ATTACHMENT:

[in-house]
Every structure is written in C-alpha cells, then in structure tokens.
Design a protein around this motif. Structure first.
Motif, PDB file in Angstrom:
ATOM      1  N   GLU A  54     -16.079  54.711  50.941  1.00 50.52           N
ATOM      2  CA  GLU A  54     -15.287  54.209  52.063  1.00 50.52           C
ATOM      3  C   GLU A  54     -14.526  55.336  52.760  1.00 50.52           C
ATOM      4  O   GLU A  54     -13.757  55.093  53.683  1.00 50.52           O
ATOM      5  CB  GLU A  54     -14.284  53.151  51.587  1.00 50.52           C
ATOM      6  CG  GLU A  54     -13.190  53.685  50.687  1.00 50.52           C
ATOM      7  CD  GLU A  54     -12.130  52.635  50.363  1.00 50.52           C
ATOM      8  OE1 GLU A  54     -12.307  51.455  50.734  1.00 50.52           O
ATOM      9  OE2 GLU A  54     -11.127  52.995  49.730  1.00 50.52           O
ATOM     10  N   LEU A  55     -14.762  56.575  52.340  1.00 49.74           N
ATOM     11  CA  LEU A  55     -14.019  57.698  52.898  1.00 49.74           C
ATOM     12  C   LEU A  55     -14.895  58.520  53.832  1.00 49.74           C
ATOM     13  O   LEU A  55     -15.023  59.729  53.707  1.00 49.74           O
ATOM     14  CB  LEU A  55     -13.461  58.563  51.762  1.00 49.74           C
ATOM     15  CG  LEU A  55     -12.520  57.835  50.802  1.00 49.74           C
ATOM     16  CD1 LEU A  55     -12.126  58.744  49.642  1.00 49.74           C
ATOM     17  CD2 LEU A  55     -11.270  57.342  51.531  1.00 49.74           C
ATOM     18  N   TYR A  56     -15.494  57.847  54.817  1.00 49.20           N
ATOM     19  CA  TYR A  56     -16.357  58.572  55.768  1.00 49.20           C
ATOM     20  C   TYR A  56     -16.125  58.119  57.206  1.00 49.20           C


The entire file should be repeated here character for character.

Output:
[in-house]
Every structure is written in C-alpha cells, then in structure tokens.
Design a protein around this motif. Structure first.
Motif, PDB file in Angstrom:
ATOM      1  N   GLU A  54     -16.079  54.711  50.941  1.00 50.52           N
ATOM      2  CA  GLU A  54     -15.287  54.209  52.063  1.00 50.52           C
ATOM      3  C   GLU A  54     -14.526  55.336  52.760  1.00 50.52           C
ATOM      4  O   GLU A  54     -13.757  55.093  53.683  1.00 50.52           O
ATOM      5  CB  GLU A  54     -14.284  53.151  51.587  1.00 50.52           C
ATOM      6  CG  GLU A  54     -13.190  53.685  50.687  1.00 50.52           C
ATOM      7  CD  GLU A  54     -12.130  52.635  50.363  1.00 50.52           C
ATOM      8  OE1 GLU A  54     -12.307  51.455  50.734  1.00 50.52           O
ATOM      9  OE2 GLU A  54     -11.127  52.995  49.730  1.00 50.52           O
ATOM     10  N   LEU A  55     -14.762  56.575  52.340  1.00 49.74           N
ATOM     11  CA  LEU A  55     -14.019  57.698  52.898  1.00 49.74           C
ATOM     12  C   LEU A  55     -14.895  58.520  53.832  1.00 49.74           C
ATOM     13  O   LEU A  55     -15.023  59.729  53.707  1.00 49.74           O
ATOM     14  CB  LEU A  55     -13.461  58.563  51.762  1.00 49.74           C
ATOM     15  CG  LEU A  55     -12.520  57.835  50.802  1.00 49.74           C
ATOM     16  CD1 LEU A  55     -12.126  58.744  49.642  1.00 49.74           C
ATOM     17  CD2 LEU A  55     -11.270  57.342  51.531  1.00 49.74           C
ATOM     18  N   TYR A  56     -15.494  57.847  54.817  1.00 49.20           N
ATOM     19  CA  TYR A  56     -16.357  58.572  55.768  1.00 49.20           C
ATOM     20  C   TYR A  56     -16.125  58.119  57.206  1.00 49.20           C